Shirlie Alice Montgomery • June 9, 1918 – Nov 5, 2012

Shirlie always had her camera handy.
Shirlie Alice Montgomery was born on Chapman Street in San Jose on June 9, 1918. She was an only child. To her friends and neighbors she was a treasure trove of history. Shirlie remembered it all. She remembered the Great Depression as a child, the Second World War as a young woman, and eventually the transformation of the Santa Clara Valley from a moderately sized agricultural town to the hustle and bustle of modern Silicon Valley. The majority of her memories were supported by the thousands of photographs in her collection.
Young Shirlie Montgomery

Shirlie a few years ago from an article in the Rose Garden Resident.

She was the grandniece of San Jose’s forefather T.S. Montgomery. Shirlie lived a colorful life but professionally she photographed it with a 4X5 Speed Graphic in B&W. She was a celebrated photographer that shot Hollywood stars, U.S. Presidents and pro wrestlers. Although Shirlie did work for the S. F. Examiner and the San Jose Mercury her works remain some of the best representations of pro wrestling from the 40’s thru the 60’s. When asked about her penchant for shooting professional wrestlers she would answer “I always liked the big boys”. Such stories Shirlie had! She passed away quietly on November 5, 2012. She will never be forgotten. God rest her soul.

Obituary written by Shirlie's good friend and neighbor Joe Holt

Friday, August 28, 2015

WWII Letter to Shirlie 1944

USS Buchanan (DD-484) was launched on November 22nd 1941 and commissioned on 21 March 21st 1942. She got underway for the Pacific a week later on May 28th 1942, and played an effective role in the landings at Guadalcanal and Tulagi in August.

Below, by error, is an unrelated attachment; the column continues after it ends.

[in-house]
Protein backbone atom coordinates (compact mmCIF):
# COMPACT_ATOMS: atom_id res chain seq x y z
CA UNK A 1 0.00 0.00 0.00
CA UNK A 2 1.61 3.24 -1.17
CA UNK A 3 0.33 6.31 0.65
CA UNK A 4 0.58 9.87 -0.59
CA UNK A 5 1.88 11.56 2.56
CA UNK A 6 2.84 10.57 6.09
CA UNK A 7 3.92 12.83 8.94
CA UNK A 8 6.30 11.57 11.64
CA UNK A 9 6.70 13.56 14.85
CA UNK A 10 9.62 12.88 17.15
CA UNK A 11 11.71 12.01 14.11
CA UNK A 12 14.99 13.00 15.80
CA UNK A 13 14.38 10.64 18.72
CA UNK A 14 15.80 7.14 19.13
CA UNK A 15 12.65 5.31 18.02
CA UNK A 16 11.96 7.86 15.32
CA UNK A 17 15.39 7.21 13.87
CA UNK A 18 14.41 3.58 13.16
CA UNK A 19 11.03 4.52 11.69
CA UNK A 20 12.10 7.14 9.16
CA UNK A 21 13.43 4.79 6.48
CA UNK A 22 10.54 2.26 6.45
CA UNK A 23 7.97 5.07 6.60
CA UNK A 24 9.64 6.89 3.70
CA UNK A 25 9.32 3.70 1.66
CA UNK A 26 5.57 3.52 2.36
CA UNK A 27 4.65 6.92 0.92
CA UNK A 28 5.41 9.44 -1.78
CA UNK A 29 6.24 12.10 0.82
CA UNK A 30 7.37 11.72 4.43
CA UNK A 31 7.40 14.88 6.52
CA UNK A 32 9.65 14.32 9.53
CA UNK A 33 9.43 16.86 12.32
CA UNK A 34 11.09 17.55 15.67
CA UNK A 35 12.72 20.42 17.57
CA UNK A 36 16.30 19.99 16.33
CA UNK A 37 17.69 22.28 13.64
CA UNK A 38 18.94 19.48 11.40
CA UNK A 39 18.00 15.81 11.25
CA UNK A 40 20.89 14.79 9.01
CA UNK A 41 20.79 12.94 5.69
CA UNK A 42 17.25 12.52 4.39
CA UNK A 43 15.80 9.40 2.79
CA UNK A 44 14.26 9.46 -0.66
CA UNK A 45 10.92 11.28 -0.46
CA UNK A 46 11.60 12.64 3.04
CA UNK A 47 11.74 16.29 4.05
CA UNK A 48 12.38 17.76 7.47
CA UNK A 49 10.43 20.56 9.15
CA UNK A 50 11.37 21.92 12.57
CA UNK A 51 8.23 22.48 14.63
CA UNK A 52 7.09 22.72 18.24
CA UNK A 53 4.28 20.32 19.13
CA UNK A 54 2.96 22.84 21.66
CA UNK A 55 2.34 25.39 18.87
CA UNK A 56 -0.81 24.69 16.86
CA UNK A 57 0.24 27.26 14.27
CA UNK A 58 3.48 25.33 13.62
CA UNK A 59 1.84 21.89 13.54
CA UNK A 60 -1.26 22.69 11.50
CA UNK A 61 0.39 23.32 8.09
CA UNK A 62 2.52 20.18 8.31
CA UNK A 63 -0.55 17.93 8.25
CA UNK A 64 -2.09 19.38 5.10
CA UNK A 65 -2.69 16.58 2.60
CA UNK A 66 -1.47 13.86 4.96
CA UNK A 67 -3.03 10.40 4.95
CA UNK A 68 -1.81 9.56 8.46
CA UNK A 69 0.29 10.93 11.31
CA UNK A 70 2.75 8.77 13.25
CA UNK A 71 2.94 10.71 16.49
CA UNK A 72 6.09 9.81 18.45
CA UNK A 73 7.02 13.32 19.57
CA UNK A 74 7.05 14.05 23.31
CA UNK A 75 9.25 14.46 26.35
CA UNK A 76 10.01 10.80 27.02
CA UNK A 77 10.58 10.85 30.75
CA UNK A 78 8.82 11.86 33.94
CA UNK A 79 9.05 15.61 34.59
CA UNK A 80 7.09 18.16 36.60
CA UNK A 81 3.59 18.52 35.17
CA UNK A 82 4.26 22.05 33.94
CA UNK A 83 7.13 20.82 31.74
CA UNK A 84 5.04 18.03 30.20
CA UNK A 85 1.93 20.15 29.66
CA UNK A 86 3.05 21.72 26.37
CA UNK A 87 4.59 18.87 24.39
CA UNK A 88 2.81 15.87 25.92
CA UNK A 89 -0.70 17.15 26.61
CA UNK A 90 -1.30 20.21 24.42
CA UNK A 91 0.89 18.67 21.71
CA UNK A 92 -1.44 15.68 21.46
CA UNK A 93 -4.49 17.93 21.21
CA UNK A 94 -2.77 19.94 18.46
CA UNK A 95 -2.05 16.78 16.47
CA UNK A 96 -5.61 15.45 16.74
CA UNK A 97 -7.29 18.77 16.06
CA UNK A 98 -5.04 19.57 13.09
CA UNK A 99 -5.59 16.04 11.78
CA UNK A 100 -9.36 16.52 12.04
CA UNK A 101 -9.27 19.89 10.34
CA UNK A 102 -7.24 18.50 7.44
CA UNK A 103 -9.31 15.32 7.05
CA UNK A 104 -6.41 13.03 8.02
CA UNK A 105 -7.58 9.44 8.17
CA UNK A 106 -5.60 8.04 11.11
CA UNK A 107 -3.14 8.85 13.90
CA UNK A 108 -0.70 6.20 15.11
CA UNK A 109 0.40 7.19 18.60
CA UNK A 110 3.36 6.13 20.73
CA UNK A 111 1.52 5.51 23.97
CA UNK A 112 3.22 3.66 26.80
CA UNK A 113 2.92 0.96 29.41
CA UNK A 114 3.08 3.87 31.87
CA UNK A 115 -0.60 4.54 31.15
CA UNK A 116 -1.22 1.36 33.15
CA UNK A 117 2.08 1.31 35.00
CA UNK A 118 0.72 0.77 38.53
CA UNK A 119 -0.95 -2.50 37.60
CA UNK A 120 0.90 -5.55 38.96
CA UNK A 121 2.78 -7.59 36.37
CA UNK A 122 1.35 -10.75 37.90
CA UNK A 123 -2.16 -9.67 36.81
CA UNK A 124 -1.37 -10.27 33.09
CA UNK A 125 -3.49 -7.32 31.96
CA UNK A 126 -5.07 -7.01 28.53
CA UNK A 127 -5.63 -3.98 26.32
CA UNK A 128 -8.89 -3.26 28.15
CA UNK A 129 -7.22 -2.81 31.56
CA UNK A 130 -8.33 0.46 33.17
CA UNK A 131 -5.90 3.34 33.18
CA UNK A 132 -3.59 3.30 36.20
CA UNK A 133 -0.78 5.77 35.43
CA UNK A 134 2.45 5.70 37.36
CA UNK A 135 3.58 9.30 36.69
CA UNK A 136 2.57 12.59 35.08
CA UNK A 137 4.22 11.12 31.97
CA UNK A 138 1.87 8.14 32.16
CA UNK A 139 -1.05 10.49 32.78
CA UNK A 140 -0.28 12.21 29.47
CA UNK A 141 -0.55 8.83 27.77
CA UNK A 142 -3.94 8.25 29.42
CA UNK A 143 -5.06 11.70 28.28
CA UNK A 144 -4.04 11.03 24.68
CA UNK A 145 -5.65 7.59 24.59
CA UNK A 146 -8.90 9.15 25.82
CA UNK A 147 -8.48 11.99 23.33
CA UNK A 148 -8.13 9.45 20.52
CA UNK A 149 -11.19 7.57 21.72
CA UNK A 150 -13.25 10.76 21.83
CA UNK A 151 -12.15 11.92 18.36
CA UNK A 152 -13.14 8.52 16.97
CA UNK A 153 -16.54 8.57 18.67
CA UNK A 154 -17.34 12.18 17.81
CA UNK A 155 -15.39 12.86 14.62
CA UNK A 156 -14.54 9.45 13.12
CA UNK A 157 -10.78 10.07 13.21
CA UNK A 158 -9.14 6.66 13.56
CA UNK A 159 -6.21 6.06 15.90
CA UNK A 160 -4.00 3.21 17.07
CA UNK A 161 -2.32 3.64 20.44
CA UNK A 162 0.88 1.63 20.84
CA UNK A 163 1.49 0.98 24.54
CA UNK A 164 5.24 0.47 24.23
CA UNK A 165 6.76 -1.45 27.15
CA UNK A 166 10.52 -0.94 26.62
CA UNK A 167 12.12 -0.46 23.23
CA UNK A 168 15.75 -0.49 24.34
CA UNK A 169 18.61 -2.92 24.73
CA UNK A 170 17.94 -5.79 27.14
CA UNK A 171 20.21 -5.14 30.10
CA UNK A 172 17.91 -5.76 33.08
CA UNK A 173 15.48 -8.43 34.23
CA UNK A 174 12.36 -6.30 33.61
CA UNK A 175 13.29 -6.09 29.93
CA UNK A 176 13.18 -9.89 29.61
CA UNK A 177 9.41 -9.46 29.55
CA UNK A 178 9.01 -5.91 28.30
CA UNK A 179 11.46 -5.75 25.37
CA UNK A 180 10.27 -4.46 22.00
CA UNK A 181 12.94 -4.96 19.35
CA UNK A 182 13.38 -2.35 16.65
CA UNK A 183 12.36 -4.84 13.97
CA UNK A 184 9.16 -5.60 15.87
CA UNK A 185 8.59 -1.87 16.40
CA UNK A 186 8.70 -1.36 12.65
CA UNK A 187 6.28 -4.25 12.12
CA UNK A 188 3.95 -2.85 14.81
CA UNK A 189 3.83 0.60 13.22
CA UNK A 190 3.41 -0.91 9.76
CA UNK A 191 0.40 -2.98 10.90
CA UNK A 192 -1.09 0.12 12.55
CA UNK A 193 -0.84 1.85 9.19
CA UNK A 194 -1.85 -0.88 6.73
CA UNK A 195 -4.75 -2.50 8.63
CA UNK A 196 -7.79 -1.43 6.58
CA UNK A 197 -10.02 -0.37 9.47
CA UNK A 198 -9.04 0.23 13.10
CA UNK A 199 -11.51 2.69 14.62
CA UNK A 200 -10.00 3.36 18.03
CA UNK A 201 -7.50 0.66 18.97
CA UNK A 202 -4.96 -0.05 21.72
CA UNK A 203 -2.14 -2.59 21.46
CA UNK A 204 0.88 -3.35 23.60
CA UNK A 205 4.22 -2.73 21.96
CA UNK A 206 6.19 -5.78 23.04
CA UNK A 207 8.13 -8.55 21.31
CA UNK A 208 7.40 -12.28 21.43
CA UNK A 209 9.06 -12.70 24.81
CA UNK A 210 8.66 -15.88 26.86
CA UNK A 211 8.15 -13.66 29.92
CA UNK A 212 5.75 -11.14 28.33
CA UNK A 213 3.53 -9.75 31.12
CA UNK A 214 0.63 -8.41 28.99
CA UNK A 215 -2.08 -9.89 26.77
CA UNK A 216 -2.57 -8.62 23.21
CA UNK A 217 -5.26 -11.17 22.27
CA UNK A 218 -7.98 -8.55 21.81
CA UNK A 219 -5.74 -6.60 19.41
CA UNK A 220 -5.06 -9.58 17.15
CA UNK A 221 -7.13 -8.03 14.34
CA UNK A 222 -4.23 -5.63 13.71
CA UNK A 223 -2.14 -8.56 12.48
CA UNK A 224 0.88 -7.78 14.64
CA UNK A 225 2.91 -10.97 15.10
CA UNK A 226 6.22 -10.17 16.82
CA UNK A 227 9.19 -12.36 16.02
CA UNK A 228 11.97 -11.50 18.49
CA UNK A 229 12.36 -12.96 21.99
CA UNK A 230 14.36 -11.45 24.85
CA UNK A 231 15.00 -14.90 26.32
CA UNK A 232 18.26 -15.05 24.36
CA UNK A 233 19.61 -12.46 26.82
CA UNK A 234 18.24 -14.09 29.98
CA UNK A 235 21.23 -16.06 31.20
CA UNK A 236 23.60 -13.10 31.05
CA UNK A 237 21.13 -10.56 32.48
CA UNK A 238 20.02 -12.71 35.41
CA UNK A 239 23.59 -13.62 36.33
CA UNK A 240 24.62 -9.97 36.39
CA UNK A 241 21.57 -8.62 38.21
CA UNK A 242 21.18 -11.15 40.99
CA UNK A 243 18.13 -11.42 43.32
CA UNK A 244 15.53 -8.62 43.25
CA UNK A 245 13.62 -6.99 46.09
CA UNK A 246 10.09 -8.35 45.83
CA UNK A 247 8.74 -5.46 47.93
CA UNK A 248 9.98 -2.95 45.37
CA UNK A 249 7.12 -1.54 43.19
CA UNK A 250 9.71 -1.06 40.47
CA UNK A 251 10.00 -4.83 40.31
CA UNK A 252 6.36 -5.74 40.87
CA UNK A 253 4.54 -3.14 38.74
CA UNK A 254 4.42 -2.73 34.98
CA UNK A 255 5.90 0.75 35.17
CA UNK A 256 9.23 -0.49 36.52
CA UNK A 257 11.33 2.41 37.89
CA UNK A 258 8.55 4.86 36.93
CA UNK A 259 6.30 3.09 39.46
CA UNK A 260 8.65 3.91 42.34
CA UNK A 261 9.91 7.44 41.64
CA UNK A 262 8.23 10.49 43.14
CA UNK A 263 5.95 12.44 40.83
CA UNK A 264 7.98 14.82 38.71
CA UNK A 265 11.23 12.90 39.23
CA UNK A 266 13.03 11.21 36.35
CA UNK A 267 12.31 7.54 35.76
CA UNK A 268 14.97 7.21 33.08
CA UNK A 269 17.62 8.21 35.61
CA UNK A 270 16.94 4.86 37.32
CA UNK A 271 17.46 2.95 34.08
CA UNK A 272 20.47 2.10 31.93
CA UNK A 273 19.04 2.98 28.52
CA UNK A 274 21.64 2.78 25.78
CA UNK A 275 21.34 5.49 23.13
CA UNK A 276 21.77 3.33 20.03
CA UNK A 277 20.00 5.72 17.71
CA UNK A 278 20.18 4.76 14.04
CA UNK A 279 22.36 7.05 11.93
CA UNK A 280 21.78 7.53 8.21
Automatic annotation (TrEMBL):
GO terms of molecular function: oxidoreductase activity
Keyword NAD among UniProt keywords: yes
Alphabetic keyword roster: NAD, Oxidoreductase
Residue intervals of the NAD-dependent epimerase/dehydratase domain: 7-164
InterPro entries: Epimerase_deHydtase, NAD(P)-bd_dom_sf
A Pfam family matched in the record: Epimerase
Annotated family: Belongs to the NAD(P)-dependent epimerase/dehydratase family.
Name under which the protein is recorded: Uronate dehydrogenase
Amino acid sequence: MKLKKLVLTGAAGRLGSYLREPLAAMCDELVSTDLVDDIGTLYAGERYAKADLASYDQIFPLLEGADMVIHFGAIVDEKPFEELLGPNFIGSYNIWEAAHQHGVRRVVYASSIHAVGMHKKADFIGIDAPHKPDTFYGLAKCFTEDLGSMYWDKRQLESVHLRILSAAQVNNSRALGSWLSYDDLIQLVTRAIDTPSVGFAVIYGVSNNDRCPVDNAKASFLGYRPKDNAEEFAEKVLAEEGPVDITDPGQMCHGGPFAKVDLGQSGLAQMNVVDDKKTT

After an eventful couple of years, the USS Buchanan returned to port for repairs and upgrades, then returned to the Pacific and served with the transport screen during the assault and capture of the southern Palaus (September 6th – October 14th 1944). She next participated in the strikes against Luzon in December. During the remainder of World War II she participated in the Iwo Jima invasion (February –March 1945), the Okinawa operation (March – June 1945) as well as the raids against Japan at the end of the war (July – August 1945).

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This letter to Shirlie from Henry Clay Cooley III was written on “Sept 20th At Sea” and mailed on Oct 16th 1944. This was right in the middle of the Palau campaign, so he was very limited on what he could say … as expressed in the censored letter. The censors did not take any chances, not just blacking out the offending sentence, but actually cutting it completely out!
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Henry was no Shakespeare … in words or spelling … however he spared little in getting his feelings across … direct and to the point.

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